Ei Publican Partnerships announces £300,000 PPE support package: Ei Publican Partnerships, the leased and tenanted business of Ei Group – now owned by Stonegate Pub Company – is providing a personal protective equipment (PPE) support package, worth almost £300,000, for its pubs ahead of reopening. Each pub will receive a free PPE starter kit, which will comprise disposable masks, disposable gloves, hand sanitiser and rolls of black/yellow self-adhesive floor tape. Nick Light, managing director of Ei Publican Partnerships, said: “The safety and well-being of our publicans is most paramount. This additional £280,000 investment in PPE is just one of the many ways we are making sure our pubs can reopen from lock-down in a safe and sustainable manner while providing an enjoyable experience for customers.” Earlier this month Ei Publican Partnerships announced the launch of Round, a bespoke contactless ordering app across the estate. The company also recently announced a multimillion-pound financial support package for businesses – with all tied publicans operating on substantive agreements that are not in receipt of government grants receiving a three-month rent credit for the period April to June. For those publicans who are entitled to grants of between £10,000 and £25,000, trade credits of either 75% or 50% of the value of three months’ rent are also being provided. Tie release fees have also been cancelled along with May’s planned price rise on tied products delivered to pubs.
Honest Burgers begin roll-out of chicken concept: The Active Partners-backed Honest Burgers is to begin the roll out of its new Honest Chicken concept, with an opening in Waterloo, Propel has learned. The company, which launched the concept at its King’s Cross site last month, will take over its site in The Cut for the second Honest Chicken. Contactless delivery from the site, which opens on Wednesday (17 June), is available through Deliveroo and UberEats. The company said last month there were plans in progress to open further sites in the future under the new concept. Honest has so far reopened 27 sites out of its 37-strong estate for delivery, including Delivery Edition units in Canary Wharf and Swiss Cottage. It is also now delivering out of the Foodstars kitchen site in Colindale.
Jamie Oliver opens delivery-only Pizzeria in Australia: Jamie Oliver has opened a delivery-only Jamie's Pizzeria in Melbourne, Australia. Dishes are being prepared out of a shared kitchen facility at Deliveroo Editions in Collingwood, Victoria. It’s the second of Oliver’s pizzeria restaurants to open in Australia, with the first landing at Pacific Fair on the Gold Coast at the end of last year. Pizzas are made using a traditional-style Neapolitan dough finished with toppings such as spicy pork and fennel meatballs, pepperoni, roasted herb mushrooms, and four cheese. Oliver told Delicious.com: “It’s been a challenging few months for everyone and the hospitality industry in particular, so it’s extra special to open our Pizzeria for home delivery to offer our diners delicious meals, made from superb ingredients, in the comfort of their own home.”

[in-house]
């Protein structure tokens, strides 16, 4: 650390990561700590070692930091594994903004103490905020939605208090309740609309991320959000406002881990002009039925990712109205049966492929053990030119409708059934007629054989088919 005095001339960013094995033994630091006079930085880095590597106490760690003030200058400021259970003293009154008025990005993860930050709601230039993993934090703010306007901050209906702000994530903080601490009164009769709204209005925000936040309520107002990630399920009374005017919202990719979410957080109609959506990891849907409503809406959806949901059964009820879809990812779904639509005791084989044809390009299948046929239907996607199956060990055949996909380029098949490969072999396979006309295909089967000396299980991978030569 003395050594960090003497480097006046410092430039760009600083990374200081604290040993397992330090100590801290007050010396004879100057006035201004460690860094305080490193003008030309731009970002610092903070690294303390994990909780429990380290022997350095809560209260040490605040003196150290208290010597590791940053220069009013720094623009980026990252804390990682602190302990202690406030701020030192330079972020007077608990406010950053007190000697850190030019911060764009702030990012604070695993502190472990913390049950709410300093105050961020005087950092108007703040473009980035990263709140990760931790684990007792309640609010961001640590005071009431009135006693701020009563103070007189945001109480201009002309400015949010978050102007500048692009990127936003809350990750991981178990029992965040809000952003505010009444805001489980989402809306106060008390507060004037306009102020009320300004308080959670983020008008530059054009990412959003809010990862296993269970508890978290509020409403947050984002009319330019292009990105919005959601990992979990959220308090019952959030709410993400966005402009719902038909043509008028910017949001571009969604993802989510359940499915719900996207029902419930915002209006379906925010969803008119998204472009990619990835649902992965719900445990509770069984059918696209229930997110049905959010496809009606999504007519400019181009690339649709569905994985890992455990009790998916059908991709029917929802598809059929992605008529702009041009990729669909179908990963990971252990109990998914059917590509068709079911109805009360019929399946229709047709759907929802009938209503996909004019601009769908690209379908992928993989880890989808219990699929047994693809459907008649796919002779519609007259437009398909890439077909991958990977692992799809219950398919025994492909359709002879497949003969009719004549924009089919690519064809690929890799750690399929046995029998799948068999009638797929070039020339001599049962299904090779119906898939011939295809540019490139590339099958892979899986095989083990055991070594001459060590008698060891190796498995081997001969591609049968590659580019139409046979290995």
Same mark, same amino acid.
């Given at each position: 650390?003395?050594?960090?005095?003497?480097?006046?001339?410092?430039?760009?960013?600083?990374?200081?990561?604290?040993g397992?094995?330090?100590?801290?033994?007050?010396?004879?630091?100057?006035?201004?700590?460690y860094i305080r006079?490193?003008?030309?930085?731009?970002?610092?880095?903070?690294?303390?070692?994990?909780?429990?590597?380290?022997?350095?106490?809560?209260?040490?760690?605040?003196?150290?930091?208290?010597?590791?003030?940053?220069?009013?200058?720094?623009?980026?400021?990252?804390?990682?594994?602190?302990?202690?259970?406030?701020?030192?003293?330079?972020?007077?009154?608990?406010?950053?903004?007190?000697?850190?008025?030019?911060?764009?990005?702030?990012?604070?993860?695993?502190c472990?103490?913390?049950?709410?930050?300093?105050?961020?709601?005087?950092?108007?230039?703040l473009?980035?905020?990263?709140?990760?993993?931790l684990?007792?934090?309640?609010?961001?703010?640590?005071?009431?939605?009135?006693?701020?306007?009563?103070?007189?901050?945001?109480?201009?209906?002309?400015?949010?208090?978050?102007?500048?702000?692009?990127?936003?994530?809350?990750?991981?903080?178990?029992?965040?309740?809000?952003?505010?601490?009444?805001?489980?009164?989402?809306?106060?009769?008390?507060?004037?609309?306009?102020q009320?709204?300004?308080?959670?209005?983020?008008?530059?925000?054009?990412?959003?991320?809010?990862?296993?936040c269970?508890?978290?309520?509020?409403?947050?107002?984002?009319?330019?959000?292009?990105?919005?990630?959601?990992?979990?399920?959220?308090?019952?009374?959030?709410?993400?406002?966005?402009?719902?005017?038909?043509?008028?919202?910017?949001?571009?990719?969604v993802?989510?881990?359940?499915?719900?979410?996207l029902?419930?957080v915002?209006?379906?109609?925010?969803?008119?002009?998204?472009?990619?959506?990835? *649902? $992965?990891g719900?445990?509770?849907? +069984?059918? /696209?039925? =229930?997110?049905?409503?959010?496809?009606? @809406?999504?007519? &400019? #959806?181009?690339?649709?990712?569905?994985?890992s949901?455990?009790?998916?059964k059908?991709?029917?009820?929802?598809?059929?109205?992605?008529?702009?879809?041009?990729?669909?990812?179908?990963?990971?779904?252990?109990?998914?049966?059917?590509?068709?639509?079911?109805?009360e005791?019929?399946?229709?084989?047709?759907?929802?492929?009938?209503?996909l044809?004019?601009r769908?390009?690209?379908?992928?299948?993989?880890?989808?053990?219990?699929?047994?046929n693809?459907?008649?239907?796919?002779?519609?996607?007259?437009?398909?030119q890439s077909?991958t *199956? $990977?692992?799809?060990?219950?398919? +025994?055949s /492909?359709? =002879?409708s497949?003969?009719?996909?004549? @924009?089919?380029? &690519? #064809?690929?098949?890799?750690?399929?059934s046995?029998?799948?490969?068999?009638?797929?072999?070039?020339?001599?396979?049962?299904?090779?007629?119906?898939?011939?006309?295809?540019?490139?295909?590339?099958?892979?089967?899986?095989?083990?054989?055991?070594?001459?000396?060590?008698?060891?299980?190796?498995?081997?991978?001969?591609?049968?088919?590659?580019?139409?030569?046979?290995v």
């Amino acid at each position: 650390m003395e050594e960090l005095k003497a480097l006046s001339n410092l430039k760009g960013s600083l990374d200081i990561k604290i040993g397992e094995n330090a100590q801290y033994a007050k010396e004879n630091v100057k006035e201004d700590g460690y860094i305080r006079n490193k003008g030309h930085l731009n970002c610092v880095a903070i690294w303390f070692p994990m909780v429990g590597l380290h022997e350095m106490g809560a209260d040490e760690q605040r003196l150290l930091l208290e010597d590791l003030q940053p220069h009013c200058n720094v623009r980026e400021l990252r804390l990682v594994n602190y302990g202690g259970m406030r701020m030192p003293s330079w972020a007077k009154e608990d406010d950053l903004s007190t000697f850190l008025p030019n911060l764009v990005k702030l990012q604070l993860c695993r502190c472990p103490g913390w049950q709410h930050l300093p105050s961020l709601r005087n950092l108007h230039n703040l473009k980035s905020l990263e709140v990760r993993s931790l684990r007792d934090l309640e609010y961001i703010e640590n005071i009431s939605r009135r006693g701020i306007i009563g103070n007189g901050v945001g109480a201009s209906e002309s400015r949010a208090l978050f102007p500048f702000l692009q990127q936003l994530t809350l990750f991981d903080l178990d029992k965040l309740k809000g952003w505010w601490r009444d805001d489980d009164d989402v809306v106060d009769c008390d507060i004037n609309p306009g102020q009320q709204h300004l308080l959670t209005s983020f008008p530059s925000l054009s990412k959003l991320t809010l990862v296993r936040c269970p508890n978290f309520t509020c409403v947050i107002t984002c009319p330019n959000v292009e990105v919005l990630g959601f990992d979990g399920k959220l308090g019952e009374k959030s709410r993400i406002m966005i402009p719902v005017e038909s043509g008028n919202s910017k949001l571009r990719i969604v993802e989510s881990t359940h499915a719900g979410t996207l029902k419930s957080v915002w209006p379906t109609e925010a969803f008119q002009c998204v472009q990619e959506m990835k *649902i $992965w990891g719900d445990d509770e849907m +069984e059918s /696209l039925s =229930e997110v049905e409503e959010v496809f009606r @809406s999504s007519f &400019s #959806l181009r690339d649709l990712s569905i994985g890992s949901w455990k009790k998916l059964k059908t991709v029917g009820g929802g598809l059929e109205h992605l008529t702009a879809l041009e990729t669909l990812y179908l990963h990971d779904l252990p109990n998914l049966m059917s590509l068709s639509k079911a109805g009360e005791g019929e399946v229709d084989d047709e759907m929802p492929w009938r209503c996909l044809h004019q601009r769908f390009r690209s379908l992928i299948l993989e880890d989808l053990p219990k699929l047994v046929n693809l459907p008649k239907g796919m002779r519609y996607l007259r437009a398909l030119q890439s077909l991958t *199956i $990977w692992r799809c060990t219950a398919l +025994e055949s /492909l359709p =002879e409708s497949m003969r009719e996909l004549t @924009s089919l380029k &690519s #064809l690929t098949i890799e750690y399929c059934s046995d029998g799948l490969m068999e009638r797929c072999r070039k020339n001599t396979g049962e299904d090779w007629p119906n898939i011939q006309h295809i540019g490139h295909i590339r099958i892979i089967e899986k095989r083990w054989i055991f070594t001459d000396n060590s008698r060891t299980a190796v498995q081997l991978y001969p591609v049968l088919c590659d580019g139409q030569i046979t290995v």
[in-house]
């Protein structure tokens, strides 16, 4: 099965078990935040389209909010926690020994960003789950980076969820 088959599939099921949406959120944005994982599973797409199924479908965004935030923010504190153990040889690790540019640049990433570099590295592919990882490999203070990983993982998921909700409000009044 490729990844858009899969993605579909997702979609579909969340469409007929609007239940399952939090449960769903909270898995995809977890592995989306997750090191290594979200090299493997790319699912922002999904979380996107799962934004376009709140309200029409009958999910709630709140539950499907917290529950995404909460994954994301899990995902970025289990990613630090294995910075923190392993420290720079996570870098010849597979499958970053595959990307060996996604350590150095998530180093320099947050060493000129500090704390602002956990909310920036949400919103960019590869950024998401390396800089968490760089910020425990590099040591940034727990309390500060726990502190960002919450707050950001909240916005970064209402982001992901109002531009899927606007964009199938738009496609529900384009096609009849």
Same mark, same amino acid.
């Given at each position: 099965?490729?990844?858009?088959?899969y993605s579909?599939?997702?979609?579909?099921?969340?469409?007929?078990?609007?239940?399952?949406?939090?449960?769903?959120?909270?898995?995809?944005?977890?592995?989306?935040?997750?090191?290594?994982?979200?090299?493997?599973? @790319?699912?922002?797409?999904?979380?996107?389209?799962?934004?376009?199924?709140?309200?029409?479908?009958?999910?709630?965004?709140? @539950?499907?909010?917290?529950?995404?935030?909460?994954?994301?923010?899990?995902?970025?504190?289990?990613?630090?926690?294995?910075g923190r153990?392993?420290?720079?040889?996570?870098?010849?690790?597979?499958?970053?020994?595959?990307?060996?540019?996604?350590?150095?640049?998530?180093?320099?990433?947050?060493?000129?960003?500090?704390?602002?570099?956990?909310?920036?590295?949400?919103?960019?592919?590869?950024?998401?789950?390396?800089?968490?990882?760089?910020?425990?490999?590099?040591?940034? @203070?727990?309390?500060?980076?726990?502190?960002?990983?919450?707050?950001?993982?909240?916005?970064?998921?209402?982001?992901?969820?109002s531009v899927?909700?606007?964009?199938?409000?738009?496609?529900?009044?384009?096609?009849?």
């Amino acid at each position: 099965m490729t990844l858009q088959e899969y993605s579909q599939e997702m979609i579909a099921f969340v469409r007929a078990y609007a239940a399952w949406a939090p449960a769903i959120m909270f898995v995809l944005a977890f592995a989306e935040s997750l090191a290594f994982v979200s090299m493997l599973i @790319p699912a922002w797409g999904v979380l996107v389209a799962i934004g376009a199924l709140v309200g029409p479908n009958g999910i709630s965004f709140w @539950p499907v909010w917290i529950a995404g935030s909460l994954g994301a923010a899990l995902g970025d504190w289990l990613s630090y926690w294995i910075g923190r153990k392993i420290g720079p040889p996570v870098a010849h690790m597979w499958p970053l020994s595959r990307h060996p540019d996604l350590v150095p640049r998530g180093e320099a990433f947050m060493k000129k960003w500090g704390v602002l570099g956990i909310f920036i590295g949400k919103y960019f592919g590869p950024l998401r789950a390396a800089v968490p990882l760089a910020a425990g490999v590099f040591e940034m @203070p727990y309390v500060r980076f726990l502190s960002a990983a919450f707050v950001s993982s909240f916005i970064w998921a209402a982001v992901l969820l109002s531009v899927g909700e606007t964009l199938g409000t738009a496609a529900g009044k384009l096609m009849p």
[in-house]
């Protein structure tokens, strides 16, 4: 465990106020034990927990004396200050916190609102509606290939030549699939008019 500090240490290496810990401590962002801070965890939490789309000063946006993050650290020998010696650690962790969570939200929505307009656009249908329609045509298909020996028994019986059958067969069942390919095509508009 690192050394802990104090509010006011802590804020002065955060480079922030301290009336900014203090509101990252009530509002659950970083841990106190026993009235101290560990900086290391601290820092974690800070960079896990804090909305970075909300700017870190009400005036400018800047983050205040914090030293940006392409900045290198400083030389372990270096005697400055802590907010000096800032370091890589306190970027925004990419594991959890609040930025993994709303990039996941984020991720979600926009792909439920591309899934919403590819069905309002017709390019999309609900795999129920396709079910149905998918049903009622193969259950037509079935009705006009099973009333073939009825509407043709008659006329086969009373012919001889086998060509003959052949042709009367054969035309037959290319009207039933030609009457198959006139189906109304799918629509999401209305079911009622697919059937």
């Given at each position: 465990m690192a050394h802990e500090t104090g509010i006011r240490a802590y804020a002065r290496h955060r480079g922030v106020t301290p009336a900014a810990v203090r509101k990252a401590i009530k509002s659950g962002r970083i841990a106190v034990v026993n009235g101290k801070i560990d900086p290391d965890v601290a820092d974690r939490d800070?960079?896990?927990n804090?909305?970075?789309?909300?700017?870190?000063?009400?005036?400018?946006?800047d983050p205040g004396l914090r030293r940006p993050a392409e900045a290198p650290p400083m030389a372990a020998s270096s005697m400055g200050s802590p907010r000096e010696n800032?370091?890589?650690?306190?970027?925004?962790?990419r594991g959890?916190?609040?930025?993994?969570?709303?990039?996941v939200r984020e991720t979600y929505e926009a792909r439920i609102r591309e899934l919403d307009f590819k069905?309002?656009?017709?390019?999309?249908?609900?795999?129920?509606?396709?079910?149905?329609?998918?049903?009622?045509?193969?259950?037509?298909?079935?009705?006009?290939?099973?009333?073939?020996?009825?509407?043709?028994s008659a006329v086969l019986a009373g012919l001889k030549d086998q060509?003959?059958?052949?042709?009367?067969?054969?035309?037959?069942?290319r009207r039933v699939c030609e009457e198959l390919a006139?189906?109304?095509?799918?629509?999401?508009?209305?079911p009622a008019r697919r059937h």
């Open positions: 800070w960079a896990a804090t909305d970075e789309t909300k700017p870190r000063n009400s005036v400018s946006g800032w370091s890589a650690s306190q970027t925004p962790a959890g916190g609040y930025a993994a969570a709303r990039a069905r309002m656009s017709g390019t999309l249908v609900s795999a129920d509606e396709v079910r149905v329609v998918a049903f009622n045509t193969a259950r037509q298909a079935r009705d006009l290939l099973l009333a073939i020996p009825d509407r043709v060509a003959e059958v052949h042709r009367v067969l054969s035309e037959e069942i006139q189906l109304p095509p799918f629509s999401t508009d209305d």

Imbiba completes investment in Sessions Market: Serial sector investor Imbiba, which backs concepts such as Farmer J and Vagabond, has completed an investment into Sessions Market, the ethically-driven and immersive food hall concept. Sessions Market, which is led by Dan Warne, former managing director at Deliveroo, will open its debut site in Shelter Hall on Brighton seafront later this summer. The business, which is chaired by former Tragus chief executive Graham Turner, plans to scale into regional cities across the UK, bringing together independent restauranteurs in large-scale and community-oriented spaces, while also running events throughout the year. Kieran Sherlock, property director at Imbiba, said: “Shelter Hall is an iconic venue on Brighton seafront and will undoubtedly be a hugely popular destination for the community once hospitality venues are able to open.” Warne said: “I am very pleased to be able to announce our partnership with Imbiba, which has been pivotal in securing our first site in Brighton. Sessions will bring something new and unique to communities across the country, showcasing local talent and culture, and we hope to be able to open our doors very soon.”
Dishoom to launch first home delivery kit: Indian restaurant concept Dishoom is to launch its first home cookery kit on Thursday (18 June). Customers will be able to buy the kit that will allow them to create Dishoom’s bacon naan rolls in their own kitchen. Each kit will also contain the requisite tea and spices to brew a batch of Dishoom’s Masala Chai. For every bacon naan roll kit sold, Dishoom will donate a meal to Magic Breakfast, its long-term charity partner that provides free, nutritious meals to children that might otherwise go hungry. Initially available to customers surrounding its King’s Cross, Kensington and Shoreditch restaurants, a limited number of kits will be released for same-day delivery at 3pm daily through its website. The kit comes with full cookery instructions while a video to help first-timers will also be available online. Earlier this month Dishoom reopened its King’s Cross, Kensington and Shoreditch sites for delivery. The menu includes its vada pau, keema pau, chicken ruby and house black daal alongside cocktails such as Pallonji’s Raspberry Soda.